In the past legislative session, Oklahoma made a small step toward reform when Governor Mary Fallin signed legislation that would require the state to pay attorney fees to those whose assets were unjustly seized. The stated need for this legislation was that oftentimes lawyer’s fees are greater than the value of the assets seized.
Even with the support of Oklahoma’s attorney general, making substantive changes to the state’s civil asset forfeiture laws (which are typical of those in most other states) will be a challenge. Those calling for reform can be expected to be accused by district attorneys, sheriffs, and the like as being “pro drug dealer.”
In the case of Senator Loveless, Oklahoma County District Attorney David Prater has demonstrated that he is even willing to attack personally in the press a legislator who attempts to make significant changes.
As part of Loveless’ research on the use of civil asset forfeiture in combatting the drug trade, Loveless asked Prater if he could “ride along and tour” their drug interdiction unit. Loveless told The New American, “I wanted to see how forfeiture was hitting drug cartels.” According to Loveless, Prater asked for some dates, and Loveless suggested the last week of August and the first week of September.
As the time drew near, Loveless sent Prater an e-mail, pointing out that Attorney General Scott Pruitt had come out for even stronger reforms than Loveless had been advocating. “I thought it important that we now have a prominent ally in this effort,” Loveless told us.
Prater responded to the e-mail by informing Loveless that he had done a background check on him, and that “this routine check resulted in the discovery of issues that make you ineligible to tour the COMIT facility or ride with our officers.” Prater cited the fact that Loveless had once had his driver’s license suspended, that he had been ticketed for driving 20-25 miles per hour over the speed limit, and that a portion of his state Senate salary had been garnished as a result of a “judgment” against him.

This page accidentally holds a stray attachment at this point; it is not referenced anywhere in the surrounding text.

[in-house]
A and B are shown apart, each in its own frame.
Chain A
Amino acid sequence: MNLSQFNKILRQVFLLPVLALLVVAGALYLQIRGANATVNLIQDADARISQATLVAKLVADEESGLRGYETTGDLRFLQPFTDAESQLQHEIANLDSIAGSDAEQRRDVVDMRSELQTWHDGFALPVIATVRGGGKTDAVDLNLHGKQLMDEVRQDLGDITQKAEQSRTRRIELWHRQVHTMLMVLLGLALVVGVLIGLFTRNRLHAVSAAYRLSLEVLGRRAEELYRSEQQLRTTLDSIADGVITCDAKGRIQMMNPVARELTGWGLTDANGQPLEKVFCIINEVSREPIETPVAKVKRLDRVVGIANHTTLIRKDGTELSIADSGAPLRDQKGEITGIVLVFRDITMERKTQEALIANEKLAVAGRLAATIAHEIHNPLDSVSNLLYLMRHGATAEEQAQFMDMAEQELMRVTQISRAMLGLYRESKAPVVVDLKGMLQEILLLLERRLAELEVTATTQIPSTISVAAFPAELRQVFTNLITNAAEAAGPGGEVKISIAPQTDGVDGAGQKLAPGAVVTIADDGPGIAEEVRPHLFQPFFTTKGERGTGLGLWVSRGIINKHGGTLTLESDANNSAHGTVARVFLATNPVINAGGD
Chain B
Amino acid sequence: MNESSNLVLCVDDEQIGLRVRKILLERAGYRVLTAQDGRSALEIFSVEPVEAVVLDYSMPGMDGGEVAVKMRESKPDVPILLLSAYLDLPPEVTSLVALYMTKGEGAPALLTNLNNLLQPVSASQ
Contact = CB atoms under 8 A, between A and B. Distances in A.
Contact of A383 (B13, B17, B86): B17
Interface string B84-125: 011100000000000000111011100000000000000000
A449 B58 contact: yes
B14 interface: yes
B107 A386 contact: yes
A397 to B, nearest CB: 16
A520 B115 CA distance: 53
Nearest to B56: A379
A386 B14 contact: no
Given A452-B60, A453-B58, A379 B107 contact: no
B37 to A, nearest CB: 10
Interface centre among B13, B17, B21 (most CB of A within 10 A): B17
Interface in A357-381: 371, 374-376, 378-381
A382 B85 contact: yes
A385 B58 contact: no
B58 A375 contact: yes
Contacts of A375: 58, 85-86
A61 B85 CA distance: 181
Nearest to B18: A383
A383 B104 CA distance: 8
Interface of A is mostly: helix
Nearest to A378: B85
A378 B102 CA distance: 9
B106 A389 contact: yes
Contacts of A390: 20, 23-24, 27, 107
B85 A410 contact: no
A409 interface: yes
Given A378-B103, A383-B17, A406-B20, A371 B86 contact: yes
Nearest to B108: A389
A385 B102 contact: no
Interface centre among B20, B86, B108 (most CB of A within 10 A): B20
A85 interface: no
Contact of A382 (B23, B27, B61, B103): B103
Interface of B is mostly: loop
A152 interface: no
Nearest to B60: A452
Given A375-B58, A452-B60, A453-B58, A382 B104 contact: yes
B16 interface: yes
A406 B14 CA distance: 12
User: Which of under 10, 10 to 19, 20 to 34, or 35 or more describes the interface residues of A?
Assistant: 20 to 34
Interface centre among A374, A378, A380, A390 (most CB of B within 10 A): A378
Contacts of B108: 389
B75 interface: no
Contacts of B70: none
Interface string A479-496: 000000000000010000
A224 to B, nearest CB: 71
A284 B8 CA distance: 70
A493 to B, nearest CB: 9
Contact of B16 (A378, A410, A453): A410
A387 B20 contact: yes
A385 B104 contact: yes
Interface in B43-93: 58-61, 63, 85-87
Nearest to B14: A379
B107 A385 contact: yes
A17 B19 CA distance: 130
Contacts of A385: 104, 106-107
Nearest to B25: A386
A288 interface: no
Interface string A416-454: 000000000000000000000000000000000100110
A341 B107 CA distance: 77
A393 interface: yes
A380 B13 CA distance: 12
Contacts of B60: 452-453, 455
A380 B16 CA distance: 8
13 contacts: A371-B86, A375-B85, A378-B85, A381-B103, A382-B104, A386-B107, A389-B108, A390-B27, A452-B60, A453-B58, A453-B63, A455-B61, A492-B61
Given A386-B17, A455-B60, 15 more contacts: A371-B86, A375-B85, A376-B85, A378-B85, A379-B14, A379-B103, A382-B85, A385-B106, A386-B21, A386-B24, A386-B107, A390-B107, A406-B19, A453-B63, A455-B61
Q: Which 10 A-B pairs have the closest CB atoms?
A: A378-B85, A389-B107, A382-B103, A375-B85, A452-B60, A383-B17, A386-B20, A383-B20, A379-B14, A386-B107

Loveless admitted that he had received a speeding ticket that went to warrant, but explained that that piece of mail was not forwarded from his previous residence. He added that once he was made aware of the ticket, he paid it.
According to Loveless, not one of those issues was raised in the past, when he had ridden with police. What was important about this e-mail, however, is that Prater also sent a copy of the e-mail detailing all of this to every Oklahoma TV station, as well as the state’s two largest newspapers, the Oklahoman and Tulsa World. This strongly suggests that Prater is trying to send a message to anyone who makes an effort to change the state’s laws on asset forfeiture.
Prater did tell Loveless that he would contact Pruitt’s office “to determine what his position is on this issue.” But Prater added,
Notwithstanding his position, a conviction requirement [before assets could be seized and kept] makes your proposed legislation untenable to me. The Oklahoma District Attorney’s Association has developed proposed statutory changes to the civil asset forfeiture provisions in our laws that address concerns voiced by those advocating ‘reform’ to the process. Purposefully omitted from those proposals is any reference to a required criminal conviction. Unless you are willing to remove that mandate from your proposed legislation, there really is no need to discuss further.
It is unknown what DA David Prater would say if presented the words of the U.S. Constitution’s Fifth Amendment, which reads in part, “No person … shall be deprived of life, liberty or property without due process of law.” (Emphasis added.) But this principle is not unique to the U.S. Constitution. The 1215 Magna Carta, the Great Charter of English liberties, declared, “No free man shall be seized, or imprisoned, or stripped of his rights or possessions … except by the lawful judgment of his equals.” (Emphasis added.) Skipping ahead nearly 500 years, the English Bill of Rights of 1689 presented similar sentiments, when it stated that there should be no forfeiture of one’s possessions “before conviction.” (Emphasis added.)
Western jurisprudence, at first (and second) glance, appears to be in contradiction with the Prater standard, contending that no criminal conviction should be required before the government can seize your private property.
With Oklahoma’s attorney general weighing on the side of the protection of private property rights, perhaps some changes in civil asset forfeiture laws are on the way in Oklahoma — and hopefully the rest of the states.
Photo of Oklahoma Attorney General Scott Pruitt: Gage Skidmore